Parents and Children
(This article was written for and published in the High Holy Day edition of the 'Sinai Chronicle', quarterly magazine of Sinai Synagogue, Leeds).
Parents and Children
At currently 36 weeks pregnant, parenting is ‘on the brain’. A kind member of Sinai Synagogue gave this inexperienced, first-time mother-to-be a wonderful book called ‘Raising Boys’ by Steve Biddulph. My husband Dave and I both very much enjoyed reading it as we anticipate the birth of our son in August, God willing. These are certainly interesting and wonderful times for our budding family.
I was honoured to celebrate my Ordination in early July and Dave and I are preparing to move to Leeds as I will take up my post as Assistant Rabbi in late Autumn or early Winter. It’s a period of profound personal transition. But the transition isn’t only personal – it also matches the Jewish calendar.
Today (at the time of writing) was Tisha b’Av, the 9th of the month of Av, in which we commemorate the many tragedies that have befallen the Jewish people on account of sinat chinam, baseless hatred. As the day draws to a close, we start to spiritually prepare for doing teshuvah as we march towards the High Holy Days. Out of the darkness of this day of mourning comes our quest for personal redemption that culminates in Rosh haShanah and Yom Kippur. But a lot of work remains to be done.
The High Holy Day liturgy often seems to focus on our relationship with God. One of the ways this finds expression is in the reading of the Akeidah – the binding of Isaac in Genesis chapter 22. Theologically, I’d like to think that Abraham failed the test by obeying God’s erratic and draconian decree. But what if we look at the story from the other side: that of Isaac? Maybe the Biblical story gives us far greater insight in parent-child relationships. The fact of the matter is that Abraham and Isaac never speak once they get off the mountain and that Sarah dies shortly afterwards. There is, of course, a lot of ancient Midrash on this paradigmatic story. But we can interpret this scenario in contemporary ways as well and see how it can speak to our modern sensibilities and relationships. Steve Biddulph, the family therapist who wrote ‘Raising Boys’ (and the parallel book, ‘Raising Girls’) argues in favour of strong, loving and involved fathers (and mothers). Was Abraham such a father? Perhaps not. And perhaps this was his greatest failing – a failing that would plague his family for generations to come.
The family dynamics of the patriarchs and matriarchs are hardly worthy of emulation. Perhaps Abraham’s greatest sin was not only foolishly obeying an immoral decree and checking his conscience at the door but also to sacrifice his child on the altar of his own ego. Perhaps he projected too much of his own hopes and expectations on his sons – Isaac and Ishmael both. So maybe this year we can focus on our family relation-ships in preparation of the High Holy Days. I know I have a lot to learn in either direction: as a daughter and as a mother-to-be. What would we do and should we do if we were in Abraham’s position? And how can we model and enact healthier relationships? As my husband and I stand on the brink of parenthood ourselves, these are all daunting as well as exciting questions. Reading parenting books won’t help us find the answers but may prompt us to think deeply about these issues.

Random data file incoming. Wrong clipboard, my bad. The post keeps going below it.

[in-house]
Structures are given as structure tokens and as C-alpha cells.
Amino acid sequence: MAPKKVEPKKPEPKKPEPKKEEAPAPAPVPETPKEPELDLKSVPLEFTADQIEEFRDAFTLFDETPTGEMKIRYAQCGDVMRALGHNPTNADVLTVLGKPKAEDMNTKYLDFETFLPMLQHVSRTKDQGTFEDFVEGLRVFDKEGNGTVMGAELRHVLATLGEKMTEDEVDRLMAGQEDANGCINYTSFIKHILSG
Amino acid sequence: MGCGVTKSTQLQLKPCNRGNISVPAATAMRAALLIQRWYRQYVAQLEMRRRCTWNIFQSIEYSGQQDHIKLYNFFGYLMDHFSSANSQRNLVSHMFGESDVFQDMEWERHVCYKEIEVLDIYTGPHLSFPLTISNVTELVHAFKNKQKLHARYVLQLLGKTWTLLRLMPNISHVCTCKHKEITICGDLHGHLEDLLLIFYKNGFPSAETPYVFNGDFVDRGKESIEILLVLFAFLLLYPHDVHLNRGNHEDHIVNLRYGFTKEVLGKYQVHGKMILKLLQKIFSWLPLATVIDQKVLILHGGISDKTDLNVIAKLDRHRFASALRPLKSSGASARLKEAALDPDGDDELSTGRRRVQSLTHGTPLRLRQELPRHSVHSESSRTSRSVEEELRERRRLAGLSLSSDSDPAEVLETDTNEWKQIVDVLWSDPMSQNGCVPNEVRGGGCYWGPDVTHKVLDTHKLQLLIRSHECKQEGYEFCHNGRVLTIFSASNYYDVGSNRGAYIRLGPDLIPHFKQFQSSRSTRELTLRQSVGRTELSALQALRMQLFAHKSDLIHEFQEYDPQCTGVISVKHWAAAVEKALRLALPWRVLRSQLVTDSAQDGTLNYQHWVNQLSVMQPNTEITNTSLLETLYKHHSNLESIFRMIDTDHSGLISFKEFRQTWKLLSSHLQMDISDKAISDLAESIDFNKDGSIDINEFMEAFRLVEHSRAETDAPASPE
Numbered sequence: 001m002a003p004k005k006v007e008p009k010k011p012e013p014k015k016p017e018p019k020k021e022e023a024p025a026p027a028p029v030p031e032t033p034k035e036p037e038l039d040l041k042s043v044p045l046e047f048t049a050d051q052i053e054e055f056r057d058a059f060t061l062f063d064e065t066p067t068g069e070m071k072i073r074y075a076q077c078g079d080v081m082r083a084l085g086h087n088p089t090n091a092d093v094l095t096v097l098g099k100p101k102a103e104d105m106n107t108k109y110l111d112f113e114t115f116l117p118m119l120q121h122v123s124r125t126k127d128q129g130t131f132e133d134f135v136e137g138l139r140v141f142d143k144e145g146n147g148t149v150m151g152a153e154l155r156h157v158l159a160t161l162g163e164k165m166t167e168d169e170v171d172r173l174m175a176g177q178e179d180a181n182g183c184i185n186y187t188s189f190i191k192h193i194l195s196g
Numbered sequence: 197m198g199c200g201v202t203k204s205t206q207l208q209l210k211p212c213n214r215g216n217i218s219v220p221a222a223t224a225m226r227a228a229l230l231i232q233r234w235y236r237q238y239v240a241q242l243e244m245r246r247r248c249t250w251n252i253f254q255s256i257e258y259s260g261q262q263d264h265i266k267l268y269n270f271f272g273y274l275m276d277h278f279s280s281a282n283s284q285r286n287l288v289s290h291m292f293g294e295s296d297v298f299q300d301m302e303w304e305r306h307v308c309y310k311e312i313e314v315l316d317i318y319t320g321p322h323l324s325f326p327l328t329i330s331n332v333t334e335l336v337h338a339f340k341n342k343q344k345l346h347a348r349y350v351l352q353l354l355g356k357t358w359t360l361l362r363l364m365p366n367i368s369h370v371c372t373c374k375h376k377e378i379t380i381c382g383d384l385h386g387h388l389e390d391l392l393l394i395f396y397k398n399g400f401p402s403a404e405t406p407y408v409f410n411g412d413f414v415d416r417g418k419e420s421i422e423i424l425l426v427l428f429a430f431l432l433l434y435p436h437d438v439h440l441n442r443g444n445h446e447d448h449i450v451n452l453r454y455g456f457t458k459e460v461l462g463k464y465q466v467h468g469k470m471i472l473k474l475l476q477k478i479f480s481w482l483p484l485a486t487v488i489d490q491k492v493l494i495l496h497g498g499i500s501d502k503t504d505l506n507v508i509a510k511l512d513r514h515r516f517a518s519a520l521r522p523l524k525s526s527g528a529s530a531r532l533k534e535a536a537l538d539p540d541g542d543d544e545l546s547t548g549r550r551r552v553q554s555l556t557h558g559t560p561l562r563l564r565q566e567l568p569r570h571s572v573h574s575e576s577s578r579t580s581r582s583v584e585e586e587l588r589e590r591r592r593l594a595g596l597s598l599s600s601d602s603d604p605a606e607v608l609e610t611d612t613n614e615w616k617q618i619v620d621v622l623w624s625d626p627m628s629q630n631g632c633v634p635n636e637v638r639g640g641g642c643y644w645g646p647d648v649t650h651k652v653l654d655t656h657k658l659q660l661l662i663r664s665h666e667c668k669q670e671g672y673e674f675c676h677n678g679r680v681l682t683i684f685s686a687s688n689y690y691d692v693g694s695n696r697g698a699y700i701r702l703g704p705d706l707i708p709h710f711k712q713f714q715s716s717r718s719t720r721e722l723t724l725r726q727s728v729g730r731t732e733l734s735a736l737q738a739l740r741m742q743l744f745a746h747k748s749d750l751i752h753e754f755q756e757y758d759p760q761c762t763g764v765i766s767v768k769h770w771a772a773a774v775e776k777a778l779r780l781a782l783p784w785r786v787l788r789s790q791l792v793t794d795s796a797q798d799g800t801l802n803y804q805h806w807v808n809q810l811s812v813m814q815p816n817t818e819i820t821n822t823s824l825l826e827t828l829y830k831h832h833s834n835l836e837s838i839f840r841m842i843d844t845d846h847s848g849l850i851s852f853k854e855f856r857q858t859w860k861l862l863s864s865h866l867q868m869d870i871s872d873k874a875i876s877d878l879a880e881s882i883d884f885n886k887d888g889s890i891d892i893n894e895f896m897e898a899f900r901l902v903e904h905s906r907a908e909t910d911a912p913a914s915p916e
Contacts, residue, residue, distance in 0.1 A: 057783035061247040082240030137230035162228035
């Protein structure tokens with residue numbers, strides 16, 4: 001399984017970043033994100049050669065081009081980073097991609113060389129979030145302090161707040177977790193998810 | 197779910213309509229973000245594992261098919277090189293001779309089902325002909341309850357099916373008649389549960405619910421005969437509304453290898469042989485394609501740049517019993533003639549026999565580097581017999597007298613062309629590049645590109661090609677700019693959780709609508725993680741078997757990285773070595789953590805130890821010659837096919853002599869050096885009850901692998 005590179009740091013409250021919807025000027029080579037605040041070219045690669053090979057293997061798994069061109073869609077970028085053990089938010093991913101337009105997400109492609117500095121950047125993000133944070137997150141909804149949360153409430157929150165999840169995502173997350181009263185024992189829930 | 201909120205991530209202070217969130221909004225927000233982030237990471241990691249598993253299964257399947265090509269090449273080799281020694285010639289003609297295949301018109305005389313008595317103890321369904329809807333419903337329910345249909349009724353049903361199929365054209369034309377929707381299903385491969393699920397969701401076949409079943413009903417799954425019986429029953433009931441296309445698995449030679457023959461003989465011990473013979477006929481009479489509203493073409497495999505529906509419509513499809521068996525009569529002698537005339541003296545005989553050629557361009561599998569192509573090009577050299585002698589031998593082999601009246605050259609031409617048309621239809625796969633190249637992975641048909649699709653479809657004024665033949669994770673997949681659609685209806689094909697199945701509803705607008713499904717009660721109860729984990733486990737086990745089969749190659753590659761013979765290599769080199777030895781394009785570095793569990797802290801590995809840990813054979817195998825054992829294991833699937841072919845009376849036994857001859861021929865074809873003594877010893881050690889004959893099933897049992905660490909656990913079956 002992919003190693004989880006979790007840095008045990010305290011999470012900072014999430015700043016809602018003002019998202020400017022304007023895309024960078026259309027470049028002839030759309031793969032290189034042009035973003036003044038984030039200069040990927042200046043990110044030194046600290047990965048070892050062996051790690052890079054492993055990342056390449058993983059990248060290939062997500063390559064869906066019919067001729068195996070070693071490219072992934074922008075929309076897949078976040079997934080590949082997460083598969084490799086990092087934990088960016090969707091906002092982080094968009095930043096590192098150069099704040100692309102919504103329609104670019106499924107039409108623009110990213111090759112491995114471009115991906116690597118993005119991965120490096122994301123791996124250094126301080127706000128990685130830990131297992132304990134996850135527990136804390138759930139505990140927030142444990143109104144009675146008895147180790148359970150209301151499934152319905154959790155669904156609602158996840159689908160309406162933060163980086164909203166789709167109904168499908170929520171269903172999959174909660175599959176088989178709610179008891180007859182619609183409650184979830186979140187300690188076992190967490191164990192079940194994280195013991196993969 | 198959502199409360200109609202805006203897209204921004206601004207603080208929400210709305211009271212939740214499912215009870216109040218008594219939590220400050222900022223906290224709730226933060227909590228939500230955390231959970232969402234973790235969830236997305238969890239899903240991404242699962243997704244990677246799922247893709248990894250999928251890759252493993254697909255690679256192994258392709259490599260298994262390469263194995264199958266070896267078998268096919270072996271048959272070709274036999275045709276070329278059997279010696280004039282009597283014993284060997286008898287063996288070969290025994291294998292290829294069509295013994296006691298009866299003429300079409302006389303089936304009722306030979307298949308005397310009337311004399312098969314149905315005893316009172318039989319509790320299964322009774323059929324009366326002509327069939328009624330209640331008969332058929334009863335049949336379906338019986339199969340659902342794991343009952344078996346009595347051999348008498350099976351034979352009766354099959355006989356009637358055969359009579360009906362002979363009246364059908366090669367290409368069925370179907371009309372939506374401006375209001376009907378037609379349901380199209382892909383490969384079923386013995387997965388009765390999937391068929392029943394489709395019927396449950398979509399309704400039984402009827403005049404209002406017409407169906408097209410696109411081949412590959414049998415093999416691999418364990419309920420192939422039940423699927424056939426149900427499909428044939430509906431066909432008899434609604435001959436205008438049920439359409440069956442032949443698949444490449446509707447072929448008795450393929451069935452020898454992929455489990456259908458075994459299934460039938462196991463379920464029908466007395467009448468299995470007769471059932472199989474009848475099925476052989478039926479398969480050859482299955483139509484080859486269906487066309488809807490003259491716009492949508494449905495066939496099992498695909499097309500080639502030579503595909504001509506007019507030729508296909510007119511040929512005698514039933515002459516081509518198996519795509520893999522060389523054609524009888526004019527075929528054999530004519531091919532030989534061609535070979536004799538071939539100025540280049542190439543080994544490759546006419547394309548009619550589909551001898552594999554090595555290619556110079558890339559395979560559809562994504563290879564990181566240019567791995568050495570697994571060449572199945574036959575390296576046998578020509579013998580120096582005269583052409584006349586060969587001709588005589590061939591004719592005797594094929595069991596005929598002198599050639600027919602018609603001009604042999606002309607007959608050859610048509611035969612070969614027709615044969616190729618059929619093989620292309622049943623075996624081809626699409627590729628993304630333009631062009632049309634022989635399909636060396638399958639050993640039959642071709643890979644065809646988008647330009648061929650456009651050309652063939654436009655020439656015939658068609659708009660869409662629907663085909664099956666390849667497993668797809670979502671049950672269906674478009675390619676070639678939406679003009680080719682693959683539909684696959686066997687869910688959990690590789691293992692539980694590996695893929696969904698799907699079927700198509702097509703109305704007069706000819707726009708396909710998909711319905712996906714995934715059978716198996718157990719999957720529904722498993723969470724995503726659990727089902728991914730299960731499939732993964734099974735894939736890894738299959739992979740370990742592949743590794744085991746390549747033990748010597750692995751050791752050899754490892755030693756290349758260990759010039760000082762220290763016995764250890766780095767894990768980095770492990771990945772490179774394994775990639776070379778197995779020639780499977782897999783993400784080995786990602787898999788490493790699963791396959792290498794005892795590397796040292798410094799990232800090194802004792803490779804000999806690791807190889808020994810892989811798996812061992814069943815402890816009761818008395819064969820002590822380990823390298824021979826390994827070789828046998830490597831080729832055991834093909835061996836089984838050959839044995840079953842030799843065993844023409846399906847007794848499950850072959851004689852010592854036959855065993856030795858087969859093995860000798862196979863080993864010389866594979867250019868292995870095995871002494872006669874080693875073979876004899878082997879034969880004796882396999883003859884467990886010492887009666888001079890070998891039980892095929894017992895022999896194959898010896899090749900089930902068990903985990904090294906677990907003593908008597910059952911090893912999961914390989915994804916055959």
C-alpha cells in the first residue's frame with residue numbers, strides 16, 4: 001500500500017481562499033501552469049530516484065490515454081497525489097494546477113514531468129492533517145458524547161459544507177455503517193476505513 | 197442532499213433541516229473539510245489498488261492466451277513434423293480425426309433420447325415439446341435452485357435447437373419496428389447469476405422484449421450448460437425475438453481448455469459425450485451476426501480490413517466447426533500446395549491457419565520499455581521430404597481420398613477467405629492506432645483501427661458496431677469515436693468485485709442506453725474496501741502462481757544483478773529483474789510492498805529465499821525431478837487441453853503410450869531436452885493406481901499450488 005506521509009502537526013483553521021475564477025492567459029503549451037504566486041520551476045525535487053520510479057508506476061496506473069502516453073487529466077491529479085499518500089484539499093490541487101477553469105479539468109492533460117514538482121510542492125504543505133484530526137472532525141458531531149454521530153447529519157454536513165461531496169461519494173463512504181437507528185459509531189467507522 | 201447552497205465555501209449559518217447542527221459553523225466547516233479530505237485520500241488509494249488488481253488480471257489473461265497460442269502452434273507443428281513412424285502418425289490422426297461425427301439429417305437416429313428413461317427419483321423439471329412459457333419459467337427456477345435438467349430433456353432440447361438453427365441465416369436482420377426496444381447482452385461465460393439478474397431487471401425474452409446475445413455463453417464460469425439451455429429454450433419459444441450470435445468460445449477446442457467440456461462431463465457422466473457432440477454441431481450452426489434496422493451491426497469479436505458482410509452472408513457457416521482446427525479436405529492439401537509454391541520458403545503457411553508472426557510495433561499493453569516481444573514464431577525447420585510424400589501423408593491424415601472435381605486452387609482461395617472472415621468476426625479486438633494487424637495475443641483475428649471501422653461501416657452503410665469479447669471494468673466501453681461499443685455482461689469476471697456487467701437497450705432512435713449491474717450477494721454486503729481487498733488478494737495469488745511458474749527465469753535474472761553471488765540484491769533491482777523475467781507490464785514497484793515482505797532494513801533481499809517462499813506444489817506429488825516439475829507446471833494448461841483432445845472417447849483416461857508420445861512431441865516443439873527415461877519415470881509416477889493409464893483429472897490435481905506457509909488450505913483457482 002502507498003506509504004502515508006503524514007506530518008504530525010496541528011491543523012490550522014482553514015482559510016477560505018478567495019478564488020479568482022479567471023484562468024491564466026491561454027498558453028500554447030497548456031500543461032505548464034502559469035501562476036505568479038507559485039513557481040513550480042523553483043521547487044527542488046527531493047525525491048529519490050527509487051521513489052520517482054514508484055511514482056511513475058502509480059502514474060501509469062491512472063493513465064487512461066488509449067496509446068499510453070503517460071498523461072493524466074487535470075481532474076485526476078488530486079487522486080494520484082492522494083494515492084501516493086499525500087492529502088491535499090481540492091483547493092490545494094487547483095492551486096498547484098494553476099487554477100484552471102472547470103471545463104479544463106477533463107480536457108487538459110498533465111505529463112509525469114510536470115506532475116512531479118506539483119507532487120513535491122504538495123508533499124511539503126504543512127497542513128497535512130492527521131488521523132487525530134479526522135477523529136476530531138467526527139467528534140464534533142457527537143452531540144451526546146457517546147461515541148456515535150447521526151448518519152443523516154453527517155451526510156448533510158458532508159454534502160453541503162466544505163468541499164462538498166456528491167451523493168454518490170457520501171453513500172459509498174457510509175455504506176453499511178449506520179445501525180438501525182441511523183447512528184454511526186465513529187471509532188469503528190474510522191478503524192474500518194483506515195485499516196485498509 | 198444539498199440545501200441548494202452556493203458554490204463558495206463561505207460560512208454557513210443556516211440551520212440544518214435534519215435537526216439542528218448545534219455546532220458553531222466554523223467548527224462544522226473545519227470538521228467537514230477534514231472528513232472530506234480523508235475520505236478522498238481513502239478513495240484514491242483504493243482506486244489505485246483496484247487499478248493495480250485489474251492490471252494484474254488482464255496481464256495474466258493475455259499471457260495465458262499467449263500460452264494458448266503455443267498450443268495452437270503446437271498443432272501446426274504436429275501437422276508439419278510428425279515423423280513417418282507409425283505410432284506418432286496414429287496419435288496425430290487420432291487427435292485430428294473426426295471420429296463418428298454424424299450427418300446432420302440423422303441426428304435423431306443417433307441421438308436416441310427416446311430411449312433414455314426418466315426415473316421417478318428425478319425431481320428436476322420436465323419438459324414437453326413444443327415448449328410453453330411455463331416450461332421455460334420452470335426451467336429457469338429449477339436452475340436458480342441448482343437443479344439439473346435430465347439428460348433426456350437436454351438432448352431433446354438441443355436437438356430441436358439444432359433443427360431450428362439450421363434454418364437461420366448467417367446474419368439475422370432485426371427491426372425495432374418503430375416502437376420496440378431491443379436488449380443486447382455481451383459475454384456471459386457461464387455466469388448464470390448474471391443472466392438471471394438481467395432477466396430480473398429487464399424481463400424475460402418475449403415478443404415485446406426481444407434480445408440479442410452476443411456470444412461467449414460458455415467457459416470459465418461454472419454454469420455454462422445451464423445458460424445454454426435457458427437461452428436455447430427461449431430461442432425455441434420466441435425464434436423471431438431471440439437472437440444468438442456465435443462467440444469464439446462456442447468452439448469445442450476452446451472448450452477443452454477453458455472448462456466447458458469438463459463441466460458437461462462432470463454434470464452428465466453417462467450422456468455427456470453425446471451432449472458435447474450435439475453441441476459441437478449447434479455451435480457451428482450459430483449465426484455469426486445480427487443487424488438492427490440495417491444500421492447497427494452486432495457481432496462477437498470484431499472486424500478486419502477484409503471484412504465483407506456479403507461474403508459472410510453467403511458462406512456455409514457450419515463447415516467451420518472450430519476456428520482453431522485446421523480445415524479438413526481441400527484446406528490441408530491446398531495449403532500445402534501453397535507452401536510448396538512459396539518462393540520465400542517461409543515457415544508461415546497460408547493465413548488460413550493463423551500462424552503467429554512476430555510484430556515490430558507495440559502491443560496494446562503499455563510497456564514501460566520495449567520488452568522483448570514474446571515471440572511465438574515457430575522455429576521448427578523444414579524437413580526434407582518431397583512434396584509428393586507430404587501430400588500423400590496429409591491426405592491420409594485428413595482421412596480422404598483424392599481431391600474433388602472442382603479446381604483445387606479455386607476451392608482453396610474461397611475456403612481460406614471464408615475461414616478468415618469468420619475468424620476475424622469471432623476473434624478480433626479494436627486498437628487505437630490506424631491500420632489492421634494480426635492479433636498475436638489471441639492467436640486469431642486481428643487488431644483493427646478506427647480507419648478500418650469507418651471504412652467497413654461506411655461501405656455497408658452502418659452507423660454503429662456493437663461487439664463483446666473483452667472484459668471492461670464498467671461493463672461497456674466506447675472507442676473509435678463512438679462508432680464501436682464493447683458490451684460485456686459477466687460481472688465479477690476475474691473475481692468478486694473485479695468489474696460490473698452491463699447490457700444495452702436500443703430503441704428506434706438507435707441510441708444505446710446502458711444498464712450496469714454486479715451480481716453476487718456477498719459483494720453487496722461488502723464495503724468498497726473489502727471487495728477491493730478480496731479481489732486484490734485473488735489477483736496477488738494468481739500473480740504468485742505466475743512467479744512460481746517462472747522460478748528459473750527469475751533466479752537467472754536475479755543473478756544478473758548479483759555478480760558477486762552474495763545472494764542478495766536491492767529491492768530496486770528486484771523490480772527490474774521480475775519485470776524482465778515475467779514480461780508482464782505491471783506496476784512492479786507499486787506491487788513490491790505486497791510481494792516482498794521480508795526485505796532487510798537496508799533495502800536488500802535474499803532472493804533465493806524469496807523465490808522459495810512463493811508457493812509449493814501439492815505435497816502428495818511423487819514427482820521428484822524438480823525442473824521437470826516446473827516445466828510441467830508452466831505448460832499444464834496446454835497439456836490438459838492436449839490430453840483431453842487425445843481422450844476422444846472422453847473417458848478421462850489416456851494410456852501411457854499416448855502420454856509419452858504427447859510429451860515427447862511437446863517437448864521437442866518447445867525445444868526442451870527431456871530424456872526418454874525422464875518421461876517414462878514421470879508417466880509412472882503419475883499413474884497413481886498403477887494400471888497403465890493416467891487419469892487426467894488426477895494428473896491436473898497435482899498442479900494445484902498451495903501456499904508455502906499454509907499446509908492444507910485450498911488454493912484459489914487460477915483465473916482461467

One of the most heart-wrenching themes in ‘Eichah’, the Book of Lamentations read during Tisha b’Av, is the notion of parents so plagued by starvation and despair that they end up hurting their own children (I will spare you the gruesome quotes although you can read Lamentations for yourself, of course). And one of the most grating themes in the ‘Akeidah’ is the notion of a loving father who willingly offers his son to his own delusions.
Bookended by these two toxic and dangerous models of parenthood lie the hopes of the Prophets. Part of the Messianic vision and the quality of mercy and redemption in our own lives is when the prophet Malachi predicts the coming of Elijah in Messianic times, who will turn ‘the hearts of the parents to their children and the heart of the children to their parents’ – ‘v’heshiv lev avot al banim v’lev banim al avotam’. (Malachi 3:24). I am sure Steve Biddulph would agree.
So how can we become both better children and more compassionate parents? What are the ways in which we can improve family relationships in our lives? What grudges and false expectations can we let go? How can we turn a sacrifice to ego into an offering of love? Maybe it’s time to pick up the phone, write that letter or initiate that conversation. None of us can guarantee success. But as long as the gates of repentance are open, we can always try.
If we can model the loving graciousness of ‘Avinu shebeShamayim’, our ‘Father (or Mother) in Heaven’, then truly we can traverse the distance from darkness to light. As for myself, I hope to start this parenting journey with equal measures of awe and love. I am sure I will make many mistakes along the way. Thank God I am part of a religious tradition that offers me the instruments to self-reflect and repair and improve those relationships. Shanah tovah!
Rabbi Esther Hugenholtz